Filipino Artists Portray Myths and Legends at the Vargas Museum, UP Diliman
The Vargas Museum, named after the first Executive Secretary Jorge B. Vargas (1890 – 1980), is located in UP Diliman. From University Road, it’s only a right and a left turn away from Guillermo Tolentino’s famous Oblation. It’s a simple three-story building with white walls and a dark staircase.
Personally, I don’t understand what is stopping most people from visiting museums other than the fact that most of them are quite far from most people’s houses. The entrance fees certainly shouldn’t be an issue. The Vargas Museum charges Php 30.00 for non-UP students and Php 20.00 for UP Diliman students, for example. So, to my fellow Katipuneros and Katipuneras, priceless art is right at your backdoor. Don’t take it for granted. It’s a measly 10-minute drive from Katipunan either by car or by jeep.
Filipino Myths and Legends at the Vargas Museum, UP Diliman
The Center for Art, New Ventures and Sustainable Development (CANVAS), promotes the culture of the Philippines through various exhibitions and projects. They feature both prestigious and up-and-coming Filipino artists. Their Looking for Juan program aims to provoke discussions and debates on social issues relating to national identity, expression, technology, culture, and sustainable development. A thorough explanation of all of CANVAS’ projects may be found on their website.
Their latest exhibition was entitled Filipino Myths and Legends: Looking for Juan Outdoor Banner Project 2014. Over 60 Filipino artists were gathered to commemorate Looking for Juan’s 6th year. The works featured various Filipino mythological creatures, as well as modern Filipino icons. The originals were located at the third floor of the Vargas Museum while banners were hung all over the UP Diliman Academic Oval. According to their website, the banners will be turned into tote bags and sold and the proceedings will fund the rest of CANVAS’ projects.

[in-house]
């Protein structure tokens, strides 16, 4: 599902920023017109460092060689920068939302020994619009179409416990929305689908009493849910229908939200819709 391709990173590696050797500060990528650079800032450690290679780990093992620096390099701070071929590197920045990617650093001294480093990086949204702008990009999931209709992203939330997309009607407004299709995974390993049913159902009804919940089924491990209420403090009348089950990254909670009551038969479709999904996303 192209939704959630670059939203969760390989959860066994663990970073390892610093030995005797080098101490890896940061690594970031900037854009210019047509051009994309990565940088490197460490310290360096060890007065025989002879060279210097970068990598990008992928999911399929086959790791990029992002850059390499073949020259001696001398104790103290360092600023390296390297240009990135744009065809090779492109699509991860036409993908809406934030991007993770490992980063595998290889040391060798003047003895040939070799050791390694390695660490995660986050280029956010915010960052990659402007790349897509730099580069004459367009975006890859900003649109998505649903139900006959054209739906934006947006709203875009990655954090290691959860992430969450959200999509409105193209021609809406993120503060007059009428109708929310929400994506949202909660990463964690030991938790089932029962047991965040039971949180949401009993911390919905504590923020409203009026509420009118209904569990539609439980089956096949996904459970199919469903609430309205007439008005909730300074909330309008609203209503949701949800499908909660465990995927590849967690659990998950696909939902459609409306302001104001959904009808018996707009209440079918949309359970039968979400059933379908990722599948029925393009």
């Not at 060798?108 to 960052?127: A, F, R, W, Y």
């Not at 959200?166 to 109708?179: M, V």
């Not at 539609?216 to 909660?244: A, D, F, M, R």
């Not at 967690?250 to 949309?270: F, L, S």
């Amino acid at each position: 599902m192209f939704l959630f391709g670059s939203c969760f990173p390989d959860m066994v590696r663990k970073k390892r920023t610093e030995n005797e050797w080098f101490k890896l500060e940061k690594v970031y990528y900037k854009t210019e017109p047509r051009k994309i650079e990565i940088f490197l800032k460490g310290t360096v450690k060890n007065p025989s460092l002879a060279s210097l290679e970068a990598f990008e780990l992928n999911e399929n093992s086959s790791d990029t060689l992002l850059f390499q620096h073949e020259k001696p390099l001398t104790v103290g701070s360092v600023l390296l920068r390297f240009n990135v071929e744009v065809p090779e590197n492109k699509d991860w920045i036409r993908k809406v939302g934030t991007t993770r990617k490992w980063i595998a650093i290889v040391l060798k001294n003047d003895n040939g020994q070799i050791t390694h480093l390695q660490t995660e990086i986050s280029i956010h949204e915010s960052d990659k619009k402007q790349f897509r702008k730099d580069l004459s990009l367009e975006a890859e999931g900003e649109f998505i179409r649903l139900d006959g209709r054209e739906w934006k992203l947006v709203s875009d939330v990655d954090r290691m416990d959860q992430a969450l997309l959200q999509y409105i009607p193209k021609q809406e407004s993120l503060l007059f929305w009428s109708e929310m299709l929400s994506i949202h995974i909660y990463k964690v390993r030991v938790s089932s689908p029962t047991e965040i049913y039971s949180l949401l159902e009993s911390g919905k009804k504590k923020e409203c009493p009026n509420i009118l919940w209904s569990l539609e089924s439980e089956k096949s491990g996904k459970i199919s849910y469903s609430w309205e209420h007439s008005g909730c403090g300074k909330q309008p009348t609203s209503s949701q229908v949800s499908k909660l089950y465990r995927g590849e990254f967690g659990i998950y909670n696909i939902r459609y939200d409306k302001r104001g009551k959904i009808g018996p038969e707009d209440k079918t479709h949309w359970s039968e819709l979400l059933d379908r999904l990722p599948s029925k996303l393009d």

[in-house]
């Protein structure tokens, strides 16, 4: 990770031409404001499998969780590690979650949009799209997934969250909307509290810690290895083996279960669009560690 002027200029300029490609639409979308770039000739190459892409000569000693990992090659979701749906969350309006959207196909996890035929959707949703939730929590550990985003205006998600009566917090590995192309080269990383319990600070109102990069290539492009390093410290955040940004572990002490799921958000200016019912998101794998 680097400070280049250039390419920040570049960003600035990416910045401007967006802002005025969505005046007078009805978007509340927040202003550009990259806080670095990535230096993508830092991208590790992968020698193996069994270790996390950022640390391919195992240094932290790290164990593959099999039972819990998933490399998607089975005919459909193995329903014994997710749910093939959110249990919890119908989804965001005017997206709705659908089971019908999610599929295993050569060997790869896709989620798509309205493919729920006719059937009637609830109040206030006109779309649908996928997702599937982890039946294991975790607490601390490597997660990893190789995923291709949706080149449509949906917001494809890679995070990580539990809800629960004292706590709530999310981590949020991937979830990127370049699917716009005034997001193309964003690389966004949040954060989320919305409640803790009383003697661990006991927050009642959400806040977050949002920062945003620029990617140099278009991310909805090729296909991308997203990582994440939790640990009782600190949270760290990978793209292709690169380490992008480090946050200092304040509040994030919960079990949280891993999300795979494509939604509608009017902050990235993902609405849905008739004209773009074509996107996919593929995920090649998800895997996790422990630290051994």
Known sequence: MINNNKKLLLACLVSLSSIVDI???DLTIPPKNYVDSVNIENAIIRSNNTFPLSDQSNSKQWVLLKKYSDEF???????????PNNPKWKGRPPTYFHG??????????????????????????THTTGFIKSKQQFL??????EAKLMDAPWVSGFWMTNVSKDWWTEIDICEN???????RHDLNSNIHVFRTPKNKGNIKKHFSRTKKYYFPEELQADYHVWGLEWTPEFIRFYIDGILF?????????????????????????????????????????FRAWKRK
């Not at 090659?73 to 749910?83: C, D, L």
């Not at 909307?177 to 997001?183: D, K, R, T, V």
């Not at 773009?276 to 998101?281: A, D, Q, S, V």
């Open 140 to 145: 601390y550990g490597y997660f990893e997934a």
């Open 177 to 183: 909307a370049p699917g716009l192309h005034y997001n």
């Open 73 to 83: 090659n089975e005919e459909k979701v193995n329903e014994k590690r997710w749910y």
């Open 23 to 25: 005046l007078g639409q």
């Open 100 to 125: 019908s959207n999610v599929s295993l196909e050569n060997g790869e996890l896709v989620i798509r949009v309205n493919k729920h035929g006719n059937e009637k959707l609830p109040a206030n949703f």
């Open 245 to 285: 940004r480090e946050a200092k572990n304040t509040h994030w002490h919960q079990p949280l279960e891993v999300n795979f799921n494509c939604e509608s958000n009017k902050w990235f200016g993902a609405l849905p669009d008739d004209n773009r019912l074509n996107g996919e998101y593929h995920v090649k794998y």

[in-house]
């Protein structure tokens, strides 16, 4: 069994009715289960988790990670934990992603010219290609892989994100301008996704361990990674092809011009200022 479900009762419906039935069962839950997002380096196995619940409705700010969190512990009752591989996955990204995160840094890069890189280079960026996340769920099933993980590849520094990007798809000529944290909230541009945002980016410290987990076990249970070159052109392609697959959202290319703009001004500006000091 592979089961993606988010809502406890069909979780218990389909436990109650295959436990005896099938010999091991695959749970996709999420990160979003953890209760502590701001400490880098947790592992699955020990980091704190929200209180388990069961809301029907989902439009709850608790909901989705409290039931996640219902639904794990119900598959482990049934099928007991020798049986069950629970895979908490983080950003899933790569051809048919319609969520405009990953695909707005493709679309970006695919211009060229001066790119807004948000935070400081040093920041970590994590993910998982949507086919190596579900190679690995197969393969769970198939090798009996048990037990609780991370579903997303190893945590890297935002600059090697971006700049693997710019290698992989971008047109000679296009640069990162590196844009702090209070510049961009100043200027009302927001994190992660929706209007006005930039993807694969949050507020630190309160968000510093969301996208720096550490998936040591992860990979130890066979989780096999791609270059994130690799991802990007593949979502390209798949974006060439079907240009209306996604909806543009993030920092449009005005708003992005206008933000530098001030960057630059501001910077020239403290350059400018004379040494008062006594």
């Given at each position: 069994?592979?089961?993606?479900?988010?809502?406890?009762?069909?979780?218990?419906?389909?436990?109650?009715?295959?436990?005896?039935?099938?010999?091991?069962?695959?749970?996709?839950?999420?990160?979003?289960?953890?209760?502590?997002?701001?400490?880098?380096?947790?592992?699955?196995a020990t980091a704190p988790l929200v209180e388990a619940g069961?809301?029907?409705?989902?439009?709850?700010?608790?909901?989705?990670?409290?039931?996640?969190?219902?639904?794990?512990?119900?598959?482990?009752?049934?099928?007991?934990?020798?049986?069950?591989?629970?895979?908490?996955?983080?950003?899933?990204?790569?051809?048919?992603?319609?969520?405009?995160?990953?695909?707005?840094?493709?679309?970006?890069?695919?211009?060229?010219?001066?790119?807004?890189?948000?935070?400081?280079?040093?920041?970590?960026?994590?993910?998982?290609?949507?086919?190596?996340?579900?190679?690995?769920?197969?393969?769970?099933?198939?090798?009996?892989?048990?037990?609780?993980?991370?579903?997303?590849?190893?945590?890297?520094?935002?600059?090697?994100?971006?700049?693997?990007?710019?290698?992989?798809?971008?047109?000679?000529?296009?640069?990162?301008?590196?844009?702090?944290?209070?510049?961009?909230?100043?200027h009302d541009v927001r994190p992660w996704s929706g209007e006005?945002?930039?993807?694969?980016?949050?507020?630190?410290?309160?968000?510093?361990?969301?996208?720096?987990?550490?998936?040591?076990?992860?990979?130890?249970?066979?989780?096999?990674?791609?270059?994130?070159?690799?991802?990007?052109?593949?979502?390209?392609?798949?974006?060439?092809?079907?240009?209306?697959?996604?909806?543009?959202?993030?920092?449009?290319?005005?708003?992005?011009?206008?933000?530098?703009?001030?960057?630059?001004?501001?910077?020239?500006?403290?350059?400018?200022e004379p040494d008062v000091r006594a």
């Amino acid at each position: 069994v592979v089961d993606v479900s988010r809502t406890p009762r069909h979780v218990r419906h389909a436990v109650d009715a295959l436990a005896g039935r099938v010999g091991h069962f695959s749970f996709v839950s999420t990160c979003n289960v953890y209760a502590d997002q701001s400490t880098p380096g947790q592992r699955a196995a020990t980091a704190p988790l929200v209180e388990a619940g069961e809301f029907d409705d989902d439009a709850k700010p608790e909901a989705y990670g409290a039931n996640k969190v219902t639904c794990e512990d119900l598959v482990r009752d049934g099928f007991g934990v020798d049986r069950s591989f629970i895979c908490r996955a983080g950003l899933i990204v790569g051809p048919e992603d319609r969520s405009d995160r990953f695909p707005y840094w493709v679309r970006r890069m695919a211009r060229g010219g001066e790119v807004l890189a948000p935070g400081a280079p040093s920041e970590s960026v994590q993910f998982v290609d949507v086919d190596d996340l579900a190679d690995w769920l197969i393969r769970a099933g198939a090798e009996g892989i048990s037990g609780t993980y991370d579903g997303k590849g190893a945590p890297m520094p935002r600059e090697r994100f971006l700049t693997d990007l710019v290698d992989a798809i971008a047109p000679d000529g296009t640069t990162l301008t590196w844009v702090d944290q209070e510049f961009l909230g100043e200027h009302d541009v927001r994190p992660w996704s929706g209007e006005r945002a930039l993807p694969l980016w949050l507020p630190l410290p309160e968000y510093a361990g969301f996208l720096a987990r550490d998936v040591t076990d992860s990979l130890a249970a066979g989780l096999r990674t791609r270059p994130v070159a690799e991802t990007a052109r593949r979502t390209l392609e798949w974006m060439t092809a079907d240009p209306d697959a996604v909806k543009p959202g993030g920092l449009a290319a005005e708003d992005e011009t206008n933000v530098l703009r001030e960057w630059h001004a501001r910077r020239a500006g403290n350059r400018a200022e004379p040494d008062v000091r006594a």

Upon reaching the third floor, one was greeted with a short introduction and explanation of the exhibit. A quote from director and activist Shekhar Kapur concludes it saying “We are the stories we tell ourselves… A story is the relationship that you develop between who you are, or who you potentially are, and the infinite world; and that’s our mythology.”
Beside the description were paintings that related back to telling stories or centered on the topic of storytelling such as in Kuleng Manzanero’s Alamat at Mito: Ang Mga Kwento ng Ating Panahon. It showed the culture of storytelling in the Philippines with Lola Basyang at its heart.
At the top of a flight of stairs, there stood a proud sculpture of Leeroy New titled Guardian made of fiberglass, epoxy, plastic toy parts, acrylic, and a stainless steel stand. While it looked like something that emerged from a candy factory, it evoked a strange feeling of fear in me at the same time.
The majority of artworks displayed were acrylic paintings, the most striking of which was Martin Honasan’s From Indios to Filipinos. He explained that it relates back to the old Filipino joke that when a Filipino tries to speak a foreign language, often English, he gets a nosebleed. “If that were the case,” he says on his artist’s statement, “then the flat nose of the Indio has bled for every foreign language and culture he had to learn.”
Mythology has always been a fascination of mine, and the Myths and Legends exhibit definitely taught me a thing or two about Philippine mythology. Not only did it show the form of a tikbalang or the horrific face of a manananggal; it also incorporated the issues that the country is facing today. Take this terracotta sculpture by Susanito Sanarte titled Ibong Adarna that depicts the process of the bird’s turning people into stone, for instance:
From the distance shown in the image, it looks any other reimagining of the Ibong Adarna scene, but a closer look at the almost unnoticeable bird perched on a branch will leave you asking questions.
Clearly enough, the bird’s wings are made of one thousand peso bills. The artist’s statement explains why. Sanarte says that “like the Ibong Adarna, money can be a cure to environmental problems. But when the love of money and the desire for profit and affluence rule over self-sacrifice, the enchanted bird’s droppings turn the hearts of our leaders into stone—not caring where we are headed to.”